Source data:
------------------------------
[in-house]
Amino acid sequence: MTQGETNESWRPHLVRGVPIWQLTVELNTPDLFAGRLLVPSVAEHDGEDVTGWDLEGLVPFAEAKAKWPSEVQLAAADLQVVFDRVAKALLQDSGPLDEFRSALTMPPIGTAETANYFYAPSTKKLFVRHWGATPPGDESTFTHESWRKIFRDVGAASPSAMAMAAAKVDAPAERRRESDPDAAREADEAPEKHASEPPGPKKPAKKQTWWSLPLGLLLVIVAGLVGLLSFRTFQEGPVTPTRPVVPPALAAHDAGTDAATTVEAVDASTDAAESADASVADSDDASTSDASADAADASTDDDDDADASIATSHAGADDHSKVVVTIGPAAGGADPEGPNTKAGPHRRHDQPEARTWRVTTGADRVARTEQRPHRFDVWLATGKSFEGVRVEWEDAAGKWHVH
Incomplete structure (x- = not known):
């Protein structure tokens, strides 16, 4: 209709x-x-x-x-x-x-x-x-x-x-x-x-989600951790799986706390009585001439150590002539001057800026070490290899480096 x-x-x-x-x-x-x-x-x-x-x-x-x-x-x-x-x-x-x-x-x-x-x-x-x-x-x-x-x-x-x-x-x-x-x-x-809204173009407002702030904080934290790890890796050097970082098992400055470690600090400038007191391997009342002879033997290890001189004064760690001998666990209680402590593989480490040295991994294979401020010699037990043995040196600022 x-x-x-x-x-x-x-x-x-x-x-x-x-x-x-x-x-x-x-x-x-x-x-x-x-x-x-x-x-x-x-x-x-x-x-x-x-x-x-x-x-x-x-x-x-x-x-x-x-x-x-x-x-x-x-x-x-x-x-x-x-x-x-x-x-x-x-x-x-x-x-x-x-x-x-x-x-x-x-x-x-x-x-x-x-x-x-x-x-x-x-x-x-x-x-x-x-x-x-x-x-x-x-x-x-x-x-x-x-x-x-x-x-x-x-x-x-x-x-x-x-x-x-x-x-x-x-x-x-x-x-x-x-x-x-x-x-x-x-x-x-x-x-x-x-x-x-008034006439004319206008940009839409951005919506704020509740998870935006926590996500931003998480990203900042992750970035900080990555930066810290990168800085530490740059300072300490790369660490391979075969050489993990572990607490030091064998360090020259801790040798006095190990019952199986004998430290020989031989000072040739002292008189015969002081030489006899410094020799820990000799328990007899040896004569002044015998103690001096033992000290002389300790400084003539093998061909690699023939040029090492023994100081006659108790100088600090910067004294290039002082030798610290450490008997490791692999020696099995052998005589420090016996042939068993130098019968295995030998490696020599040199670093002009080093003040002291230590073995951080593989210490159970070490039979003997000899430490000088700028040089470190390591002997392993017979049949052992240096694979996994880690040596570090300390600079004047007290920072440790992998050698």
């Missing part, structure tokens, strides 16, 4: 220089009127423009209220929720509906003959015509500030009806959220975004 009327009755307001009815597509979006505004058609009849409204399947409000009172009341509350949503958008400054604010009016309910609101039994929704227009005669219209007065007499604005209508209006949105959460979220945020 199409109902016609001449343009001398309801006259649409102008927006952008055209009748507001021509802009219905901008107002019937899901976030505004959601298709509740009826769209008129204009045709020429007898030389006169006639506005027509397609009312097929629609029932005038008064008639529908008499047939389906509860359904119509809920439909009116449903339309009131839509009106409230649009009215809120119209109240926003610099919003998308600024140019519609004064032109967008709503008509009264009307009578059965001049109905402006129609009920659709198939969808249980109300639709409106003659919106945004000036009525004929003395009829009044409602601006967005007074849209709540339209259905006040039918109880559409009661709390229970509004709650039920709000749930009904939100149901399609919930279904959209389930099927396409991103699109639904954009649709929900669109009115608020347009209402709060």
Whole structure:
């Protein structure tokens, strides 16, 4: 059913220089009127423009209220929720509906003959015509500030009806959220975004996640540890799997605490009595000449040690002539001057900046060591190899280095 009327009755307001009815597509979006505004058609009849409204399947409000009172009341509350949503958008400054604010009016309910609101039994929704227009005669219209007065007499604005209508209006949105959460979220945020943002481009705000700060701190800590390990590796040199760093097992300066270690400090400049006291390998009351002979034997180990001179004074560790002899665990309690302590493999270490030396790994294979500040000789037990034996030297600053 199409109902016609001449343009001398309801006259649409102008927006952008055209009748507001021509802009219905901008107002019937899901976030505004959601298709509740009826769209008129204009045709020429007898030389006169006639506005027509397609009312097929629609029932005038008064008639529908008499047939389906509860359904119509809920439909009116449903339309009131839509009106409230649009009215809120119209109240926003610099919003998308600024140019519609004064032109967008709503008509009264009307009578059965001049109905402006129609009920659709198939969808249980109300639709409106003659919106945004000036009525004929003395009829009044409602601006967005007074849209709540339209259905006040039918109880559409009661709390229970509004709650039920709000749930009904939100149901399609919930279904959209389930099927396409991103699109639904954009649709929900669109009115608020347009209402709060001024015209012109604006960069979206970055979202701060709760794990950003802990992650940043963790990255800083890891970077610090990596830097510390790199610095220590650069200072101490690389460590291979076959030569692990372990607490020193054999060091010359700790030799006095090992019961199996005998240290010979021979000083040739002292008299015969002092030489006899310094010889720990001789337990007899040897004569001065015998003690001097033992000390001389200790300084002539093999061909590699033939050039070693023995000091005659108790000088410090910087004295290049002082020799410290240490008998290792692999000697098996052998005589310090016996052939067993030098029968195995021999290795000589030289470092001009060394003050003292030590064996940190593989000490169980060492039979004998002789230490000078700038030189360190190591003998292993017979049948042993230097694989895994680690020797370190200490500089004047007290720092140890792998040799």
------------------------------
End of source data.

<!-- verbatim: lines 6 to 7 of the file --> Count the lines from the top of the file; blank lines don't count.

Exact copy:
Whole structure:
């Protein structure tokens, strides 16, 4: 059913220089009127423009209220929720509906003959015509500030009806959220975004996640540890799997605490009595000449040690002539001057900046060591190899280095 009327009755307001009815597509979006505004058609009849409204399947409000009172009341509350949503958008400054604010009016309910609101039994929704227009005669219209007065007499604005209508209006949105959460979220945020943002481009705000700060701190800590390990590796040199760093097992300066270690400090400049006291390998009351002979034997180990001179004074560790002899665990309690302590493999270490030396790994294979500040000789037990034996030297600053 199409109902016609001449343009001398309801006259649409102008927006952008055209009748507001021509802009219905901008107002019937899901976030505004959601298709509740009826769209008129204009045709020429007898030389006169006639506005027509397609009312097929629609029932005038008064008639529908008499047939389906509860359904119509809920439909009116449903339309009131839509009106409230649009009215809120119209109240926003610099919003998308600024140019519609004064032109967008709503008509009264009307009578059965001049109905402006129609009920659709198939969808249980109300639709409106003659919106945004000036009525004929003395009829009044409602601006967005007074849209709540339209259905006040039918109880559409009661709390229970509004709650039920709000749930009904939100149901399609919930279904959209389930099927396409991103699109639904954009649709929900669109009115608020347009209402709060001024015209012109604006960069979206970055979202701060709760794990950003802990992650940043963790990255800083890891970077610090990596830097510390790199610095220590650069200072101490690389460590291979076959030569692990372990607490020193054999060091010359700790030799006095090992019961199996005998240290010979021979000083040739002292008299015969002092030489006899310094010889720990001789337990007899040897004569001065015998003690001097033992000390001389200790300084002539093999061909590699033939050039070693023995000091005659108790000088410090910087004295290049002082020799410290240490008998290792692999000697098996052998005589310090016996052939067993030098029968195995021999290795000589030289470092001009060394003050003292030590064996940190593989000490169980060492039979004998002789230490000078700038030189360190190591003998292993017979049948042993230097694989895994680690020797370190200490500089004047007290720092140890792998040799």